A Letter to Elia, a personal appreciation of Kazan that Martin Scorsese's co-written and directed with Kent Jones, has screened in Venice, Telluride and New York and will be broadcast tonight on PBS. On November 9, Fox will release The Elia Kazan Collection: 15 films, five of which — A Tree Grows in Brooklyn (1945), Viva Zapata! (1952), Man on a Tightrope (1953), Wild River (1960) and America, America (1963) — have never before been available on DVD, plus Letter on 18 discs.
In today's Los Angeles Times, Susan King calls up Scorsese in London, where he's working on a 3D adaptation of Brian Selznick's The Invention of Hugo Cabret. And here's her how-do-you-do: "Letter to Elia is actually much more about you than Kazan." Scorsese: "In a way, it evolved into the film that you saw. Originally, we were going to make a film about Elia Kazan — his work, his importance as an artist and all that came with it, emphasizing the creative aspects of his life. As we started to make the picture and put it together, we thought, 'Should we discuss all the films, should we go through the entire career? What about the theater?' I was too young to see the theater; I didn't even know about it. And so ultimately, when we started to put it all together, we looked at it and I said, 'What am I saying here that hasn't already been said or couldn't be explained and analyzed by others, particularly film critics, writers who are great admirers of his? What am I adding that's different?' Ultimately, it came down to the two films and the power of art to change people."
At Hammer to Nail, Nelson Kim quotes Scorsese from the doc on those two films: "On seeing On the Waterfront : 'It was if the world I'd come from mattered. The people I knew mattered.' On East of Eden : 'I thought that I was alone — that it was just between me and the movie... [I had the feeling] that the people making the movie knew me maybe better than I knew myself.'"
"The doc's key philosophical tenet — a provocative one, particularly for those of us driven to say everything to our loved ones — is that you can't tell an idol what he means to you." Rob Nelson in the Voice: "But you can show it — and Scorsese did, particularly in that other letter to Elia, Raging Bull. 'The mood of the film is very melancholy,' says Jones on the phone... 'It deals with the distance between admiring someone because you love their work and your actual human contact with them. Marty was friends with [Kazan] and also admired his films, and these were two completely different things.'"
"Like Scorsese's My Voyage to Italy (1999), this brief lesson from everyone's favorite moonlighting film professor briskly guides viewers through Kazan's career, stuffing subjective confessions of fandom into its heart-shaped box for good measure," writes Time Out New York's David Fear.
"The genius who made A Streetcar Named Desire , On the Waterfront, East of Eden and Splendor in the Grass  was something of a brute in personal and professional relationships and bore the brand of a Judas after naming names during a Congressional inquiry into Communism in the film business," the Oregonian's Shawn Levy reminds us. "When he was awarded a lifetime achievement Oscar in 1999, the prize was met with protest, including famous faces sitting on their hands in the very auditorium in which the show was held.... Scorsese, who actually presented Kazan with his Oscar that tempestuous night, doesn't shirk discussion of Kazan's decision to be a cooperative witness in a witch hunt, but he is chiefly concerned with the Kazan's art, which, undeniably, will endure longer than his life."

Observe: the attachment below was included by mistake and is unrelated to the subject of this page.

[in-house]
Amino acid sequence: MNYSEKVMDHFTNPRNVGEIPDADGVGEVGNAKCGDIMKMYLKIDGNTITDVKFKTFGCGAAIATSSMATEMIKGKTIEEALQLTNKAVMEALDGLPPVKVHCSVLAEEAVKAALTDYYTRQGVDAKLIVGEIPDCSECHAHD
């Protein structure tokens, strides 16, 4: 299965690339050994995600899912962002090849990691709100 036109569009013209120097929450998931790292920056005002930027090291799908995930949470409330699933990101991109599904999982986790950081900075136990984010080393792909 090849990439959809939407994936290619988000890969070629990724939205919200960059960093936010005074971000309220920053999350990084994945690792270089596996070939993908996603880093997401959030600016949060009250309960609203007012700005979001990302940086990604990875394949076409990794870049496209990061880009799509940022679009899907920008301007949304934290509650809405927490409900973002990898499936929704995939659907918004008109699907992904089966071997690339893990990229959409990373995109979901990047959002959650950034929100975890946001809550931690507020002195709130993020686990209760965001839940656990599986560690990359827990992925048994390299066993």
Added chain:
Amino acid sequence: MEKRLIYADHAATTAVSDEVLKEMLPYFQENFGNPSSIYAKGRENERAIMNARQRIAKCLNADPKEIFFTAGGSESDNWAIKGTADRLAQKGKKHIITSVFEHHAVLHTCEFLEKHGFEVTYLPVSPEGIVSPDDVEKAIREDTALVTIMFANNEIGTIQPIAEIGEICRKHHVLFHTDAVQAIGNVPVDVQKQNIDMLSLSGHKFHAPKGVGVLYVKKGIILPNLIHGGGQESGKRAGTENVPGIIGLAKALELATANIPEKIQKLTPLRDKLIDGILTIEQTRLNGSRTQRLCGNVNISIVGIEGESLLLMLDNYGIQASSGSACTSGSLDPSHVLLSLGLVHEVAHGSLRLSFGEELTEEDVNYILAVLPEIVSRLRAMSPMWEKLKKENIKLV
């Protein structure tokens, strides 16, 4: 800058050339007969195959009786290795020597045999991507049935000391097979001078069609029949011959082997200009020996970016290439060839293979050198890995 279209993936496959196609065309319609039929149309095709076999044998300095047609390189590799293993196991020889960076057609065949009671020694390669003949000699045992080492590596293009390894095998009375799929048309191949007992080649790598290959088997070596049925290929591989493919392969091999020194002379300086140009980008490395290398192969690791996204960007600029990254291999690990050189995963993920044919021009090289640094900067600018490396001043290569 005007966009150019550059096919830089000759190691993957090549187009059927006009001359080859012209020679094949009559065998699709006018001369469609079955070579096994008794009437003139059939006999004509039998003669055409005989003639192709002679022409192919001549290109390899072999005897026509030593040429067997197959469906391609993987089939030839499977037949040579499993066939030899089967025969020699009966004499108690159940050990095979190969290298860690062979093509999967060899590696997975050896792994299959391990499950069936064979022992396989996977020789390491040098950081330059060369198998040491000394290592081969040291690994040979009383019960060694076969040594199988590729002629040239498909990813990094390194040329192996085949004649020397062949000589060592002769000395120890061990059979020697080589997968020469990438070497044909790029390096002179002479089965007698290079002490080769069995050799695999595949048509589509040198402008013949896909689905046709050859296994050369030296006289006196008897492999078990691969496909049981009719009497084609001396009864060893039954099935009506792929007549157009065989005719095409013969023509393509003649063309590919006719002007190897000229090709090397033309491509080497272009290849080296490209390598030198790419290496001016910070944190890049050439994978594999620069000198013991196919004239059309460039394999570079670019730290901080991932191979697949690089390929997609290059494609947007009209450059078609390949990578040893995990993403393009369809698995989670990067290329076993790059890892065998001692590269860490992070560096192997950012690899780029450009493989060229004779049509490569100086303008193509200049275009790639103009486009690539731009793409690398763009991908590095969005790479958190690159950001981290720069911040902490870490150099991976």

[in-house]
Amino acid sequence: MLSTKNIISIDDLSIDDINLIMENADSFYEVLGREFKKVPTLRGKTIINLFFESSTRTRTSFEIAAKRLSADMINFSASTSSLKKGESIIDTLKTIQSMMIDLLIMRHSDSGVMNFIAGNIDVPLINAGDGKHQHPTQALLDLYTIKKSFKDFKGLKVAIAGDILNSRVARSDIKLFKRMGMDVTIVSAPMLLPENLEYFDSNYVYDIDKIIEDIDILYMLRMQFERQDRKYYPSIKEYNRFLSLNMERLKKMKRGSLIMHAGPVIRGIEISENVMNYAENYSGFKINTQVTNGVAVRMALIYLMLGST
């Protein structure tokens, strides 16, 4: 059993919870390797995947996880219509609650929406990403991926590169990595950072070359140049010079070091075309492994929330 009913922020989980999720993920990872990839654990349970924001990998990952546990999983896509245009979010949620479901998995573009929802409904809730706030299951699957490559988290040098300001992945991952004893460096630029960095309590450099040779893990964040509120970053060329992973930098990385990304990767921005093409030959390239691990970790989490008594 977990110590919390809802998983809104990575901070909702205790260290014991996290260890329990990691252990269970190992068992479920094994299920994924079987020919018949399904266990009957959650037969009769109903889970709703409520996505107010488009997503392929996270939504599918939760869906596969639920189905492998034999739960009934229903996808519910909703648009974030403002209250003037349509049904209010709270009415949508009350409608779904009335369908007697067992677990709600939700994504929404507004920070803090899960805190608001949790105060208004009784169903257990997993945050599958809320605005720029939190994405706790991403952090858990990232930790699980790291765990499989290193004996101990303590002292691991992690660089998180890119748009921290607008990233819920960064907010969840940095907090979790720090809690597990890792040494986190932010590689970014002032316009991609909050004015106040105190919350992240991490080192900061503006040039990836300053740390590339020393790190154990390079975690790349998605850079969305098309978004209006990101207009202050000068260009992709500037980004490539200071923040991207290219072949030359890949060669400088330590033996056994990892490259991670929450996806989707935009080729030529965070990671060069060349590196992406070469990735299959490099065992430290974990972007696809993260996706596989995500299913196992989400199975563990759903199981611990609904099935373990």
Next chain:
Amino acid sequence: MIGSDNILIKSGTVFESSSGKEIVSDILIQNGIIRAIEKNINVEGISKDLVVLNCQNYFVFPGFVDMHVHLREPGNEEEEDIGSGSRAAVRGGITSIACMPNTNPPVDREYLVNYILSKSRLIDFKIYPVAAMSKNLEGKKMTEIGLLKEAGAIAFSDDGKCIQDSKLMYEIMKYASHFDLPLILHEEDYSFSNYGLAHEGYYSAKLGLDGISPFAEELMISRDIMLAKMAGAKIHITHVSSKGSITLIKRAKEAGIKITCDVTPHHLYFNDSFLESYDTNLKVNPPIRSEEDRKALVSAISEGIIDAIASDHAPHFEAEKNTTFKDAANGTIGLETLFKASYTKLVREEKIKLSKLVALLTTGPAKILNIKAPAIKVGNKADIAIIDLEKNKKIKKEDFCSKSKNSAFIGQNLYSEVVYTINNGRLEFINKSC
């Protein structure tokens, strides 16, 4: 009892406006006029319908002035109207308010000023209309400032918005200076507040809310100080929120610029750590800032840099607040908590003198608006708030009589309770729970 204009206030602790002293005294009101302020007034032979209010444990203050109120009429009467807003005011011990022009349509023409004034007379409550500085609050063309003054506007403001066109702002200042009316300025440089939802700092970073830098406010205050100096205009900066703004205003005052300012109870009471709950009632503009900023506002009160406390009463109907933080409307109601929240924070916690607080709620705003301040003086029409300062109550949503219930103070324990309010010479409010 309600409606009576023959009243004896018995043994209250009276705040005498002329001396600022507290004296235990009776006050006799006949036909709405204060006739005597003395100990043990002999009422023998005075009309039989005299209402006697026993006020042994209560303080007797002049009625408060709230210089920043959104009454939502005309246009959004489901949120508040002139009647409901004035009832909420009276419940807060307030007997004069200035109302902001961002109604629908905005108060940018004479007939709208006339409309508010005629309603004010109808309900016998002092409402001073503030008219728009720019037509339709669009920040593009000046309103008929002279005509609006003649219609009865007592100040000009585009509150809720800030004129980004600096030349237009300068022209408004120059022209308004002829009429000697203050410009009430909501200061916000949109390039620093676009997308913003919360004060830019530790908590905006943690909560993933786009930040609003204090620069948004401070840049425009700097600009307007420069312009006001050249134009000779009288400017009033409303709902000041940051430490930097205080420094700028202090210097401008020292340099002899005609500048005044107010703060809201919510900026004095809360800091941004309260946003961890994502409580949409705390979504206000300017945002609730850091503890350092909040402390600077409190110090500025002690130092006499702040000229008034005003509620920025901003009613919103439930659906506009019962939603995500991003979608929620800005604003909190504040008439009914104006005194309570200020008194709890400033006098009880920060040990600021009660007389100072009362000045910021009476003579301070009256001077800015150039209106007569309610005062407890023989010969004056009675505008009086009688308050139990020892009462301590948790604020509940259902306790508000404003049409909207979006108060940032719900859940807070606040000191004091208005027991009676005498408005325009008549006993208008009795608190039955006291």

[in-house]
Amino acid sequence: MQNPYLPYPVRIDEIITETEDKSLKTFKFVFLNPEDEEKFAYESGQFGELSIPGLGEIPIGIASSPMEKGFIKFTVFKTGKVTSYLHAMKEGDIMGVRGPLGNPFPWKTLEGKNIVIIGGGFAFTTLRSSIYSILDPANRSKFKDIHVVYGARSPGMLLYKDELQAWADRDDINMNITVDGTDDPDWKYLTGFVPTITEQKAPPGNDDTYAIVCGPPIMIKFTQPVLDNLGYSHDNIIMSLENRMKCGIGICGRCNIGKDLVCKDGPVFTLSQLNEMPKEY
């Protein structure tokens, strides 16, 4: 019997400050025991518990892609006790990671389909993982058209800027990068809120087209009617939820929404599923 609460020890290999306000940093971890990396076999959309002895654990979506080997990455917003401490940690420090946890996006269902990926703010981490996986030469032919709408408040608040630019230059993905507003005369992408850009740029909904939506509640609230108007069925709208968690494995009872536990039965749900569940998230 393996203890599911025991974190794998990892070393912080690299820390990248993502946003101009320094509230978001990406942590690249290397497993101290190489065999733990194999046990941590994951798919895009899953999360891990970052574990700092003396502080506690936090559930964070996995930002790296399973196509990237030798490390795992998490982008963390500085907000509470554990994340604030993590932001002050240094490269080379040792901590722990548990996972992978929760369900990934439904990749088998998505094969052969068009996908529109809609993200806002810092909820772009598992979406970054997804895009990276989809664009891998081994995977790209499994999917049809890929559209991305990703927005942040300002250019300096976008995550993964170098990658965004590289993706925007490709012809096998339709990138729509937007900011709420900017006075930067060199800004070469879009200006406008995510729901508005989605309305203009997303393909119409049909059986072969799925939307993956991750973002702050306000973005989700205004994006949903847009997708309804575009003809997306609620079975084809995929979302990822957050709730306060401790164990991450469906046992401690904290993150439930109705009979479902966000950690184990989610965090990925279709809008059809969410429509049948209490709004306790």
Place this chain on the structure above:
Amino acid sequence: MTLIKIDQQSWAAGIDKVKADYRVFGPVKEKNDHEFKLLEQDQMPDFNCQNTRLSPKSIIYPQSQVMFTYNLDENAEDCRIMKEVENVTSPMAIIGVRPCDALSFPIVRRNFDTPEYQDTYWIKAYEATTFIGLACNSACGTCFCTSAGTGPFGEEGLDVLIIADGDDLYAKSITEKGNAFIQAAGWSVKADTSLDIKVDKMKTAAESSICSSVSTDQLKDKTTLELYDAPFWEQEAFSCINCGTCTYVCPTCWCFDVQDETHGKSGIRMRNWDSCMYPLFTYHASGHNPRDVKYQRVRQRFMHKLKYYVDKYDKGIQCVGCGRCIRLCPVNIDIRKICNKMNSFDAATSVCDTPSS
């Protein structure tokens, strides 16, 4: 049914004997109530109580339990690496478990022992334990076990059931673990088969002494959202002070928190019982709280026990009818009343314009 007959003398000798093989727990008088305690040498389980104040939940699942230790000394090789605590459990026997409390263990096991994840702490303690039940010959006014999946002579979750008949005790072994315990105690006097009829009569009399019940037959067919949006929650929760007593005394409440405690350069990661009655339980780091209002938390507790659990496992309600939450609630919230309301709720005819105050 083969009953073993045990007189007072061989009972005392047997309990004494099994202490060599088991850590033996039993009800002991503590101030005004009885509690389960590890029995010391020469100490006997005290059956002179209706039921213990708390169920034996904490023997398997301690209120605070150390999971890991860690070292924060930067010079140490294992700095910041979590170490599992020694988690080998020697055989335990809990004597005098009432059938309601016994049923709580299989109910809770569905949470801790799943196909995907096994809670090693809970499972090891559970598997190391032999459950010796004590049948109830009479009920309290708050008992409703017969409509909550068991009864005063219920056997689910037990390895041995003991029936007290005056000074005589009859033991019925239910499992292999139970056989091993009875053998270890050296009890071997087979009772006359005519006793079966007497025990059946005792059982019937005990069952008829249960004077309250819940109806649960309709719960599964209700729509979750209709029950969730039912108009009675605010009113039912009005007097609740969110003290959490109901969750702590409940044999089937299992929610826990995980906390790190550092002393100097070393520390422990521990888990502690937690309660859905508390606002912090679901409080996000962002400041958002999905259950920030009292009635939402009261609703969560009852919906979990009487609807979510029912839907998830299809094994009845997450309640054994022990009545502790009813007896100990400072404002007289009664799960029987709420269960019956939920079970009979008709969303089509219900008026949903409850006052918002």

At the NYFF, Letter screened last week with America, America, "which was loosely based on the story of [Kazan's] uncle's late-19th-century emigration from a village in Anatolia, where Greeks and Armenians were being viciously persecuted by the Turks, to America." Chris Cabin in Slant: "The film's alternate title, The Anatolian Smile, points to a face that Kazan often made in photographs — a mark, Kazan said, that masked the rage of all Mediterranean minorities that had lived under the Turks' oppressive rule. All of Kazan's films, as Scorsese expounds, were cut stylistically from a personal enclave but the story told in America, America could be traced through the molecules in his blood."
Do read David Ehrenstein's comment on that piece, by the way.
Meantime, Letter prompts DK Holm to look back at his own admiration for Kazan in the Vancouver Voice: "Amid the hagiography and close analysis, there was a red flag, however, Robin Wood's essay, 'The Kazan Problem,' which asked, tendentiously, why Kazan only made two good movies (The Wild River and America, America). The late critic's objection to Kazan was his bombastic side, his visual soap box oratory. While acknowledging Kazan's sensitive work with actors and his sense of decor, Wood finds that Kazan can't often distinguish good script from bad and his films are often derailed by extreme and vulgar final fourth's, as in East of Eden and Splendor in the Grass. 'One even considers sending him to Stanley Kramer for lessons in tact and reticence,' Wood wrote. For my sins, as a kid, I liked some of Kramer's films, but that's because Kramer's films are easy to understand and don't confuse the viewer with complex mise en scène or interesting narrative effects. If Kramer is lower on the scale of directors who traffic occasionally in social cause movies, then Kazan is in the middle, and Nicholas Ray is at the top."
Official site. Earlier: Reviews from Venice and Telluride. Image: Kazan on the set of Panic in the Streets (1950), courtesy of the Twentieth Century Fox Film Corporation.
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